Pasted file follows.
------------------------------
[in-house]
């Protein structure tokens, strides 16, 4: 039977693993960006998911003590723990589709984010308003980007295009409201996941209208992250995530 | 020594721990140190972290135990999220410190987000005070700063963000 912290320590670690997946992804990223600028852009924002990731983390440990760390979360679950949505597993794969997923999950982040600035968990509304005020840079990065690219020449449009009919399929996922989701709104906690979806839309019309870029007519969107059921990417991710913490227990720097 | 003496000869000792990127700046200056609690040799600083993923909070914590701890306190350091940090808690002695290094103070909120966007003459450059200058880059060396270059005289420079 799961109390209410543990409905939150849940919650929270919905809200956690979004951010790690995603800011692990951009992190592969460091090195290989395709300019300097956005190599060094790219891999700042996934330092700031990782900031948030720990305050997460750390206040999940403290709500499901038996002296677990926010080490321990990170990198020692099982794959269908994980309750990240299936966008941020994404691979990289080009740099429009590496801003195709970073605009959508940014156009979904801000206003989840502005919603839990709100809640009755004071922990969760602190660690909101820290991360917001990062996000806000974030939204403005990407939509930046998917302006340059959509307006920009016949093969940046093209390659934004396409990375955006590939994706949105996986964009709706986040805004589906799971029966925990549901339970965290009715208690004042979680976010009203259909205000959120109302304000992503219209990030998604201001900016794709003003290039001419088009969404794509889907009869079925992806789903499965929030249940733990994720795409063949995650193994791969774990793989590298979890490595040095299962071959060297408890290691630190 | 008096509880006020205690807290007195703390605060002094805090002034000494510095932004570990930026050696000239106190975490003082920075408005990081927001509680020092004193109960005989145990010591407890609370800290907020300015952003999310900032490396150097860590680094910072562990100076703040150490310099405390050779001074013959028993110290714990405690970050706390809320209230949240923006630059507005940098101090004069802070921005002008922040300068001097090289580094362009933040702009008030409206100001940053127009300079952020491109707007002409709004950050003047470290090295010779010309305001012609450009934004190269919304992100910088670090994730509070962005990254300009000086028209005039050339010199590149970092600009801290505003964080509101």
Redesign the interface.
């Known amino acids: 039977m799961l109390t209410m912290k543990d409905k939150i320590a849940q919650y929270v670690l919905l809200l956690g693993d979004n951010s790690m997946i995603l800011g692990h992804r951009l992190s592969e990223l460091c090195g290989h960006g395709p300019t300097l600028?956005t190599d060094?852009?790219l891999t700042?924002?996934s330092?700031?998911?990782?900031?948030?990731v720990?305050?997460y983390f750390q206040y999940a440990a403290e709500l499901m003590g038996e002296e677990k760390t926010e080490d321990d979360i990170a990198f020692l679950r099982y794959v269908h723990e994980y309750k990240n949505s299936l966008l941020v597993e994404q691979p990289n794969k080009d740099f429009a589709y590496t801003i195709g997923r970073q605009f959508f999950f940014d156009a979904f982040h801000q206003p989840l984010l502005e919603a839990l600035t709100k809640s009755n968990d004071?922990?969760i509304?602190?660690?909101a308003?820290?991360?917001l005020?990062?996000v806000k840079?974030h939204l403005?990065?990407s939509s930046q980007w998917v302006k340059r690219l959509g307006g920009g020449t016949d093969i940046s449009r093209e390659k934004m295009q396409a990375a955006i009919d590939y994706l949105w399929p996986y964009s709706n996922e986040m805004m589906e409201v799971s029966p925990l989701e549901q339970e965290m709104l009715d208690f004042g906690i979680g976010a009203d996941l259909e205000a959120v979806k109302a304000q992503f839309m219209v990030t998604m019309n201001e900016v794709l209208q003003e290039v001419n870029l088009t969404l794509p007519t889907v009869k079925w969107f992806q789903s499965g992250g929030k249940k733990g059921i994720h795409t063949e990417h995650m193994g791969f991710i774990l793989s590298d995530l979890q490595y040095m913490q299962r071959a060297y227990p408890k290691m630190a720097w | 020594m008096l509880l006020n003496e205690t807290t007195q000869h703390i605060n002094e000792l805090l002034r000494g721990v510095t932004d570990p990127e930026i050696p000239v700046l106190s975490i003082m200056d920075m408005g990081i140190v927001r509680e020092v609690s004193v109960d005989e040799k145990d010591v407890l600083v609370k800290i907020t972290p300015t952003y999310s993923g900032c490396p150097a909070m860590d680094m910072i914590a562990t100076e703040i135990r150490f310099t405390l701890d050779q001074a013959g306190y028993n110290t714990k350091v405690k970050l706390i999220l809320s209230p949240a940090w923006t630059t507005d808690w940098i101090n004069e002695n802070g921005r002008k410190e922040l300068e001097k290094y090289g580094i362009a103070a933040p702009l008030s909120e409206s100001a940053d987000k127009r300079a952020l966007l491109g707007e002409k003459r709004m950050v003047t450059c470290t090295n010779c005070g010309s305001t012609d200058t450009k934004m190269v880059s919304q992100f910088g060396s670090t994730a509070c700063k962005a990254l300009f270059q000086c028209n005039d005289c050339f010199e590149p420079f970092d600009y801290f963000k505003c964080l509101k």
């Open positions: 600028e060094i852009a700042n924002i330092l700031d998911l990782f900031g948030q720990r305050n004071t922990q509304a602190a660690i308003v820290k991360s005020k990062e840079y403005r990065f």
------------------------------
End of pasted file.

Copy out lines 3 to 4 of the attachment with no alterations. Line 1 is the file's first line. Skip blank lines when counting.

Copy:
Redesign the interface.
């Known amino acids: 039977m799961l109390t209410m912290k543990d409905k939150i320590a849940q919650y929270v670690l919905l809200l956690g693993d979004n951010s790690m997946i995603l800011g692990h992804r951009l992190s592969e990223l460091c090195g290989h960006g395709p300019t300097l600028?956005t190599d060094?852009?790219l891999t700042?924002?996934s330092?700031?998911?990782?900031?948030?990731v720990?305050?997460y983390f750390q206040y999940a440990a403290e709500l499901m003590g038996e002296e677990k760390t926010e080490d321990d979360i990170a990198f020692l679950r099982y794959v269908h723990e994980y309750k990240n949505s299936l966008l941020v597993e994404q691979p990289n794969k080009d740099f429009a589709y590496t801003i195709g997923r970073q605009f959508f999950f940014d156009a979904f982040h801000q206003p989840l984010l502005e919603a839990l600035t709100k809640s009755n968990d004071?922990?969760i509304?602190?660690?909101a308003?820290?991360?917001l005020?990062?996000v806000k840079?974030h939204l403005?990065?990407s939509s930046q980007w998917v302006k340059r690219l959509g307006g920009g020449t016949d093969i940046s449009r093209e390659k934004m295009q396409a990375a955006i009919d590939y994706l949105w399929p996986y964009s709706n996922e986040m805004m589906e409201v799971s029966p925990l989701e549901q339970e965290m709104l009715d208690f004042g906690i979680g976010a009203d996941l259909e205000a959120v979806k109302a304000q992503f839309m219209v990030t998604m019309n201001e900016v794709l209208q003003e290039v001419n870029l088009t969404l794509p007519t889907v009869k079925w969107f992806q789903s499965g992250g929030k249940k733990g059921i994720h795409t063949e990417h995650m193994g791969f991710i774990l793989s590298d995530l979890q490595y040095m913490q299962r071959a060297y227990p408890k290691m630190a720097w | 020594m008096l509880l006020n003496e205690t807290t007195q000869h703390i605060n002094e000792l805090l002034r000494g721990v510095t932004d570990p990127e930026i050696p000239v700046l106190s975490i003082m200056d920075m408005g990081i140190v927001r509680e020092v609690s004193v109960d005989e040799k145990d010591v407890l600083v609370k800290i907020t972290p300015t952003y999310s993923g900032c490396p150097a909070m860590d680094m910072i914590a562990t100076e703040i135990r150490f310099t405390l701890d050779q001074a013959g306190y028993n110290t714990k350091v405690k970050l706390i999220l809320s209230p949240a940090w923006t630059t507005d808690w940098i101090n004069e002695n802070g921005r002008k410190e922040l300068e001097k290094y090289g580094i362009a103070a933040p702009l008030s909120e409206s100001a940053d987000k127009r300079a952020l966007l491109g707007e002409k003459r709004m950050v003047t450059c470290t090295n010779c005070g010309s305001t012609d200058t450009k934004m190269v880059s919304q992100f910088g060396s670090t994730a509070c700063k962005a990254l300009f270059q000086c028209n005039d005289c050339f010199e590149p420079f970092d600009y801290f963000k505003c964080l509101k």